Andy Samuel; Source: OGA

Oil & gas regulator to support UK’s target to reach net zero by 2050

The UK Oil and Gas Authority (OGA) has revealed its intention to help the government achieve the target of net zero greenhouse gas emissions by 2050.

Andy Samuel; Source: OGA

OGA said on Wednesday that maximising economic recovery of oil and gas would not be in conflict with the transition to net zero and that the industry had the skills, technology, and capital to help unlock solutions required to help the UK achieve the net zero target.

However, the OGA takes the view that industry should go considerably faster and farther in reducing its carbon footprint, or risk losing its social licence to operate.

The changes proposed in the consultation, alongside the concepts assessed in the OGA’s UKCS energy integration project, have the potential to make a significant contribution to achieving net zero – both through Carbon Capture and Storage (CCS) and through CCS plus hydrogen.

Offshore renewables – wind, wave, and tidal – should contribute further to the abatement required by 2050.

According to OGA, official forecasts suggest that oil and gas will remain a vital part of the UK’s energy mix as it moves towards net zero. This means that managing declining North Sea production to maximise value, minimising greenhouse gas emissions, and reducing reliance on hydrocarbon imports are all essential.

The energy transition requires the industry to make real progress in reducing its carbon footprint through emissions reductions initiatives, including electrification and energy efficiency measures.

Andy Samuel, chief executive of OGA, said: “There are major issues facing the oil and gas industry – the global pandemic and the rapid fall in commodity prices – and we’re working closely with the government to safeguard the energy supply and as best as possible the thousands of jobs and skills which deliver it, in the face of these issues.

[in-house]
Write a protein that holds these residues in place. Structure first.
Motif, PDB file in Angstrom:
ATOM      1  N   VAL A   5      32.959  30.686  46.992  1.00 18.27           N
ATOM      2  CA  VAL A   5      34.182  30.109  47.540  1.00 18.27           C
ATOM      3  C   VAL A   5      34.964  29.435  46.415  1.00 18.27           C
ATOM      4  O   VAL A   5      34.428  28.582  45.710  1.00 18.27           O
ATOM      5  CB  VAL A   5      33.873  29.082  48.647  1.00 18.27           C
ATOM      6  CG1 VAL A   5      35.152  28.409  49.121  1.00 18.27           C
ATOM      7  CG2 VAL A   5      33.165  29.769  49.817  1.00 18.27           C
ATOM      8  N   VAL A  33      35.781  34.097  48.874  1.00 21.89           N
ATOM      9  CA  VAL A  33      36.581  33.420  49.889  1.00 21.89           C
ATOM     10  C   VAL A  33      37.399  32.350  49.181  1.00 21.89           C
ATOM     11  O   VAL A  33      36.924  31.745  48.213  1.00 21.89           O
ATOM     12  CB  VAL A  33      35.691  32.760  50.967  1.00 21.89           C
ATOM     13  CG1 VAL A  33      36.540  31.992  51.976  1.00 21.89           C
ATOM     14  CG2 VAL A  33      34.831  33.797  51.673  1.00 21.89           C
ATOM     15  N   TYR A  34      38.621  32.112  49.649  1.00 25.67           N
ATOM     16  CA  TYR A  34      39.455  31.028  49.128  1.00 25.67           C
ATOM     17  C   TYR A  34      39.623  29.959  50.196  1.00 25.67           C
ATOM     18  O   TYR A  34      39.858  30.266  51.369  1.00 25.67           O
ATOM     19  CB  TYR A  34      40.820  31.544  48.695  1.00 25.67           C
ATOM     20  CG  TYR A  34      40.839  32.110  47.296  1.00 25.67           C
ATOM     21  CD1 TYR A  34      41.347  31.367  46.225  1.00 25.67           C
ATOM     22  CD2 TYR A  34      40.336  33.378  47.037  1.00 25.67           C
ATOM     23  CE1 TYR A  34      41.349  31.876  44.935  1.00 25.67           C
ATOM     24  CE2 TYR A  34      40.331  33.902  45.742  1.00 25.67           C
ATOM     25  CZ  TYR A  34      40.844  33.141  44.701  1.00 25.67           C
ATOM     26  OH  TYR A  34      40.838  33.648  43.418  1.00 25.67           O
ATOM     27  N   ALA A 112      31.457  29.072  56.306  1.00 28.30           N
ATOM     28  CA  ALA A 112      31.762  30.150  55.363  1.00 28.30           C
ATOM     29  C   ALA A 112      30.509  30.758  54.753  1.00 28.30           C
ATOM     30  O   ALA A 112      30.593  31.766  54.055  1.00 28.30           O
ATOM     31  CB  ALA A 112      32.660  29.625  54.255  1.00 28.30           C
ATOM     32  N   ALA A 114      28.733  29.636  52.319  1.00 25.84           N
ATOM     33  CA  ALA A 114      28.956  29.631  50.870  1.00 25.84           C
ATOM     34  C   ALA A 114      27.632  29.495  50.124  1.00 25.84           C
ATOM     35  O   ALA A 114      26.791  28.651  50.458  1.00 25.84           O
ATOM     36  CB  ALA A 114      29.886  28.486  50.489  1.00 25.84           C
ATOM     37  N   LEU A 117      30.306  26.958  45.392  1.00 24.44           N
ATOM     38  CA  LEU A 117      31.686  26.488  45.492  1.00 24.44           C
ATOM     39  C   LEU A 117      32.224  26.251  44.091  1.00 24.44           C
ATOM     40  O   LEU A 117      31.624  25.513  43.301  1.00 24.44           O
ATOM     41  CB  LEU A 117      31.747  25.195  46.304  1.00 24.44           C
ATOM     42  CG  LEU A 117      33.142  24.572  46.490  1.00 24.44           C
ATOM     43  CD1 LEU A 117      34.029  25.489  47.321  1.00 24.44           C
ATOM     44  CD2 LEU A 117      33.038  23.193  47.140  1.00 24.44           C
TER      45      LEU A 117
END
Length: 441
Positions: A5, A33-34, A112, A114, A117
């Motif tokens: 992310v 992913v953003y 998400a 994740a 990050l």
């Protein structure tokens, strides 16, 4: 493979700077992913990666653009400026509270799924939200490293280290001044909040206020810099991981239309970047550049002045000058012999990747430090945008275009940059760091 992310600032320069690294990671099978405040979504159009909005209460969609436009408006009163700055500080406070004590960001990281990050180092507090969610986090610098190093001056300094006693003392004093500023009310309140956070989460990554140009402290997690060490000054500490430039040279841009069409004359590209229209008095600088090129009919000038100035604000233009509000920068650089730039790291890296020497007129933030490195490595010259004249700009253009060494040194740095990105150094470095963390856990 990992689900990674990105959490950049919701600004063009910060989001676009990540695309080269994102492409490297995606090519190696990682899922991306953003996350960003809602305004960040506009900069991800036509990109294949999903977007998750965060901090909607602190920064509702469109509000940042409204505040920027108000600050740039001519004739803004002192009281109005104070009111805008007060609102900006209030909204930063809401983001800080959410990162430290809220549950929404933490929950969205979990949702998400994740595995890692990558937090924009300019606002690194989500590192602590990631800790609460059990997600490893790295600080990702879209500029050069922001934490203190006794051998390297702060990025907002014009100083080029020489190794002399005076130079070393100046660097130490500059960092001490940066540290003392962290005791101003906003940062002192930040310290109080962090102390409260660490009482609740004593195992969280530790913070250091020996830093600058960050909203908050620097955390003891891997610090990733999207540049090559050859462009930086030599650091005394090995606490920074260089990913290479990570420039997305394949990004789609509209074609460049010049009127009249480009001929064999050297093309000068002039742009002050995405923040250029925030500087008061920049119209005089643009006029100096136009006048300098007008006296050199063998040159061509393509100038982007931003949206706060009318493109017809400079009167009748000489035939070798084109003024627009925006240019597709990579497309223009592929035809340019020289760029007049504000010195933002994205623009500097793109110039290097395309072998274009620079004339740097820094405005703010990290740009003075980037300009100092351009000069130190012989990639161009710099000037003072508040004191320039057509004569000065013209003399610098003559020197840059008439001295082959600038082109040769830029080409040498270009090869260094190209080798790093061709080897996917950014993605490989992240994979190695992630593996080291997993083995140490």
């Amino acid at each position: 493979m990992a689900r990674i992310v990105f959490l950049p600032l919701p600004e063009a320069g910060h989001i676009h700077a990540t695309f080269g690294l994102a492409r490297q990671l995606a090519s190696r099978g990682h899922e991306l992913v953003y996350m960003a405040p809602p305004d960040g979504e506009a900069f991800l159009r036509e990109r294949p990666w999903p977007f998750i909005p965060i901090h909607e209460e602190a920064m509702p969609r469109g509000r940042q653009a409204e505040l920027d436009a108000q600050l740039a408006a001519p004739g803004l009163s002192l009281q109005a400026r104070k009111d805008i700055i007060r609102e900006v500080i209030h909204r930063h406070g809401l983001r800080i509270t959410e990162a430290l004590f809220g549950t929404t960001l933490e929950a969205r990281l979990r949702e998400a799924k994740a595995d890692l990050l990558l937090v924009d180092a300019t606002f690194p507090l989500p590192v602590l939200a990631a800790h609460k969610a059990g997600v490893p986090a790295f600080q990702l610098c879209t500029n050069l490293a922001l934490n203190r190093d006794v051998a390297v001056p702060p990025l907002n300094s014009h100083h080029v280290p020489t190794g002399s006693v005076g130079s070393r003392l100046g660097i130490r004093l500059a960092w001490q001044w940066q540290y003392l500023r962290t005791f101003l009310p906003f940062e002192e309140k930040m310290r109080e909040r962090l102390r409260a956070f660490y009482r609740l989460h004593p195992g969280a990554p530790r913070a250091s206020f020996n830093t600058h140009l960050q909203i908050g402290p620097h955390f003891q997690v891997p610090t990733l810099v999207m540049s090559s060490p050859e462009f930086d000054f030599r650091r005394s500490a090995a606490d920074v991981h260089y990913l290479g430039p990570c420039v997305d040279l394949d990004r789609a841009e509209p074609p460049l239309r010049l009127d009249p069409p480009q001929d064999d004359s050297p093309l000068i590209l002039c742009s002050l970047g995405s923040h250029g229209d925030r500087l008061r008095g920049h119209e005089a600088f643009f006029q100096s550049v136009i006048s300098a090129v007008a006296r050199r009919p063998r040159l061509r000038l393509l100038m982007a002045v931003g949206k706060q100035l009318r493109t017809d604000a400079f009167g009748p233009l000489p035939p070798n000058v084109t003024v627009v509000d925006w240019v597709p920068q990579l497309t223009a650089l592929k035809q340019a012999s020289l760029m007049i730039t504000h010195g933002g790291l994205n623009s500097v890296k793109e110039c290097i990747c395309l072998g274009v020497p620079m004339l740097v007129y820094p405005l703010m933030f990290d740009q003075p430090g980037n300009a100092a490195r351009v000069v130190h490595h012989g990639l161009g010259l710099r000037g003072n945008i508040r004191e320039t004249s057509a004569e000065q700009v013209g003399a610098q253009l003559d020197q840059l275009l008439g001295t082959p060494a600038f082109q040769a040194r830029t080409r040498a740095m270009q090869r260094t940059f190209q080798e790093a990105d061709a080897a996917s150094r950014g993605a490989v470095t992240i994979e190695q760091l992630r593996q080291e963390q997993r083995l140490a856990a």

Even before these issues emerged, the industry was facing questions about its ‘social licence to operate’ regarding its role in climate change and changing public opinion.

The government’s commitment to reaching net zero greenhouse gas emissions by 2050 provides an opportunity to the oil and gas industry, which should be well placed to play a leading role.

To support this drive, we are now reviewing our strategy. This is further complemented with our other work such as benchmarking flaring and venting data to drive performance improvements, supporting work to unlock energy integration opportunities, and supporting CCS and hydrogen projects”.

Minister for Energy and Clean Growth, Kwasi Kwarteng, said: “This new strategy is welcome because all parts of our energy system – and our economy – need to adapt if we’re to eliminate our contribution to climate change by 2050.

I share OGA’s view that encouraging and supporting the sector to minimise carbon emissions will be increasingly important as we emerge from COVID-19 and focus on supporting a clean recovery of our economy”.

On the topic of net zero 2050 aspirations, it is noteworthy that oil major BP recently set an ambition to become a net zero company by either 2050 or sooner with a hope of helping the world hit net zero.

To further emphasise its aspirations, BP decided to leave three U.S.-based organizations in an effort to reach that target.

Namely, BP left the American Fuel and Petrochemical Manufacturers (AFPM), the Western States Petroleum Association (WSPA), and the Western Energy Alliance (WEA).